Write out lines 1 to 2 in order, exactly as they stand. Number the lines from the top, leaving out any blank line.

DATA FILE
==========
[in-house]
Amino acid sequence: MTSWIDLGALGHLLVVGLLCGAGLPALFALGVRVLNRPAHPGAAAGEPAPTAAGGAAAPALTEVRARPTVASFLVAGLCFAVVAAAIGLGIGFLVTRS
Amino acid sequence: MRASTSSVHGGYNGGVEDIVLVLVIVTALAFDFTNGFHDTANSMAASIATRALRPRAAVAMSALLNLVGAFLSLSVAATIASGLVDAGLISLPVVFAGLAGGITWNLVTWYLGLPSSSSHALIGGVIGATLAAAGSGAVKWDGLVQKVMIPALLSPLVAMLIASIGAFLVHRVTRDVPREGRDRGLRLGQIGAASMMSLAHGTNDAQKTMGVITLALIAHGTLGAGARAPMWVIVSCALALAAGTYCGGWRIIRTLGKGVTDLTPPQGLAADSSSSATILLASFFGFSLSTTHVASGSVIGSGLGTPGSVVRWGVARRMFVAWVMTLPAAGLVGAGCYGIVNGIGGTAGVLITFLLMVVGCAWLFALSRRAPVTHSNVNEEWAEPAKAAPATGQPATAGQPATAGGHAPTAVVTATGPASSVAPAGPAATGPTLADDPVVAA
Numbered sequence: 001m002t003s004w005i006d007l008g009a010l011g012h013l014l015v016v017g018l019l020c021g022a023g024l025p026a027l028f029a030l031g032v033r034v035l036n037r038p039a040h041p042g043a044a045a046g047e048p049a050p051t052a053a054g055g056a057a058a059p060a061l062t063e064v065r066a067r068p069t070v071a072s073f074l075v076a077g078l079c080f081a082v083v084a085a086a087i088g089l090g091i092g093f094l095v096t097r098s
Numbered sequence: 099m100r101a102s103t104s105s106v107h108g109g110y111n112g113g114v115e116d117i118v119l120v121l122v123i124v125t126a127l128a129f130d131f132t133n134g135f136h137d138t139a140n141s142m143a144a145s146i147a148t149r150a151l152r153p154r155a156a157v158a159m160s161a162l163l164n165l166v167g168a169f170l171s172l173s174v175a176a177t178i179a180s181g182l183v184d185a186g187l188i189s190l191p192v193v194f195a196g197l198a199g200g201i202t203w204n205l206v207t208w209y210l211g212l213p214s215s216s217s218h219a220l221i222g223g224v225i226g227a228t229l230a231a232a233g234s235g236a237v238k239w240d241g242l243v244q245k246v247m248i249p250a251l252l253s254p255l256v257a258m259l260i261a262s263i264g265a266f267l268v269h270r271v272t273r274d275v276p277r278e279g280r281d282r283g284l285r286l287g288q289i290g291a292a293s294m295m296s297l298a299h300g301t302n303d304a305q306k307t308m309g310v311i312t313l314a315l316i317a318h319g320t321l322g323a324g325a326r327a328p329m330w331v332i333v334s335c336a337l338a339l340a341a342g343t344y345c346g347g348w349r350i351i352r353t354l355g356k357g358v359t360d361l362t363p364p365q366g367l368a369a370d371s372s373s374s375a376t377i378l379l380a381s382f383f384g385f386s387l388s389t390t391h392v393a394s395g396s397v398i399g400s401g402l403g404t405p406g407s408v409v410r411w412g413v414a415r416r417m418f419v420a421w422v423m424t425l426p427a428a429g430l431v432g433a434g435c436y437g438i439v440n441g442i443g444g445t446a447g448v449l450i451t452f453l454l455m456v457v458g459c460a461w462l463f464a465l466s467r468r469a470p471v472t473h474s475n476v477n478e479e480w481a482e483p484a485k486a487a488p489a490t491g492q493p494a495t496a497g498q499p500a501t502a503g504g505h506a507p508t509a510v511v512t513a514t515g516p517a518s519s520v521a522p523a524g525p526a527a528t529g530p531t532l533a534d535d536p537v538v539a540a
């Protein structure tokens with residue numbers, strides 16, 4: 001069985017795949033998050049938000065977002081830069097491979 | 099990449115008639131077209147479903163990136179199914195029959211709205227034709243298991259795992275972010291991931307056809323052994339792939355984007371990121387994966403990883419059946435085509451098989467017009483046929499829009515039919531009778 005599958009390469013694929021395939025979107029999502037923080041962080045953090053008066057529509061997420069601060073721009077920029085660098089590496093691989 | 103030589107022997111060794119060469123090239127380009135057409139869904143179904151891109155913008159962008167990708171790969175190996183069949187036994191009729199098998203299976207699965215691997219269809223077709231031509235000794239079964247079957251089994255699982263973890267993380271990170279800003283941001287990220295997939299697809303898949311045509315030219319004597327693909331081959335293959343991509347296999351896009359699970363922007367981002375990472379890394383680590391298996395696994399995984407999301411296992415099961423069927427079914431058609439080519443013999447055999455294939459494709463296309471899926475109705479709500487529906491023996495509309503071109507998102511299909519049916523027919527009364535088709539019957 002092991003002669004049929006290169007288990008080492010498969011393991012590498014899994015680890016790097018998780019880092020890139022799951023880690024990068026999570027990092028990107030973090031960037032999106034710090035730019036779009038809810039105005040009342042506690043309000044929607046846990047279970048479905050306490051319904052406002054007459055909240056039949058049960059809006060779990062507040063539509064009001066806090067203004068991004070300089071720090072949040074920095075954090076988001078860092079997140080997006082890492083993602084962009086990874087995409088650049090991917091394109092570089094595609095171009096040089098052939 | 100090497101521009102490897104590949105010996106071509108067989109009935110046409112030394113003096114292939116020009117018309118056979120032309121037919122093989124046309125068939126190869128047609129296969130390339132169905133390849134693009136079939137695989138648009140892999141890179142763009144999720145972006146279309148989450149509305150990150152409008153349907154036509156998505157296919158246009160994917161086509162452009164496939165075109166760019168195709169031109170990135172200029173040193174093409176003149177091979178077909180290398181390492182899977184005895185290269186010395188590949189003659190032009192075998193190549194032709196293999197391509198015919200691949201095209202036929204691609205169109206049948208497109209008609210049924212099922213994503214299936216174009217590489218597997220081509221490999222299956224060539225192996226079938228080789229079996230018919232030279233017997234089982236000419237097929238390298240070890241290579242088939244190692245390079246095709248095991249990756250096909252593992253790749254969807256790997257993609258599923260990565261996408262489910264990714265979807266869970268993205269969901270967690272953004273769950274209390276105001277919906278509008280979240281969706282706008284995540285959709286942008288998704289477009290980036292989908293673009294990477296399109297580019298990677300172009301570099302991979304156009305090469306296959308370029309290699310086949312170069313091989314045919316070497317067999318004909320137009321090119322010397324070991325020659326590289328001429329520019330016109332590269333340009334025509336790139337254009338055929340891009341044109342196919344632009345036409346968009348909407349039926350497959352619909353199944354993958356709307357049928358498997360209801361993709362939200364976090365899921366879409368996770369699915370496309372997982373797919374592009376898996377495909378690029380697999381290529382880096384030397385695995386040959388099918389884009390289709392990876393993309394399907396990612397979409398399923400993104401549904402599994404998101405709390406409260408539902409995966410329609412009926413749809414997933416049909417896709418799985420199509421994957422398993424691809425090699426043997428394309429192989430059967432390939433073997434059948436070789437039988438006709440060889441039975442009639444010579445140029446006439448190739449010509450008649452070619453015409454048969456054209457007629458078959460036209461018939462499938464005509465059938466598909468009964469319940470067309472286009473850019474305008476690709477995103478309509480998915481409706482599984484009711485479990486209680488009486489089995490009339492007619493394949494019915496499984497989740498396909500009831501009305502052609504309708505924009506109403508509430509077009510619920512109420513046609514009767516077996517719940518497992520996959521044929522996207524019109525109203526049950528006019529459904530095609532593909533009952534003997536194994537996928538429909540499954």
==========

[in-house]
Amino acid sequence: MTSWIDLGALGHLLVVGLLCGAGLPALFALGVRVLNRPAHPGAAAGEPAPTAAGGAAAPALTEVRARPTVASFLVAGLCFAVVAAAIGLGIGFLVTRS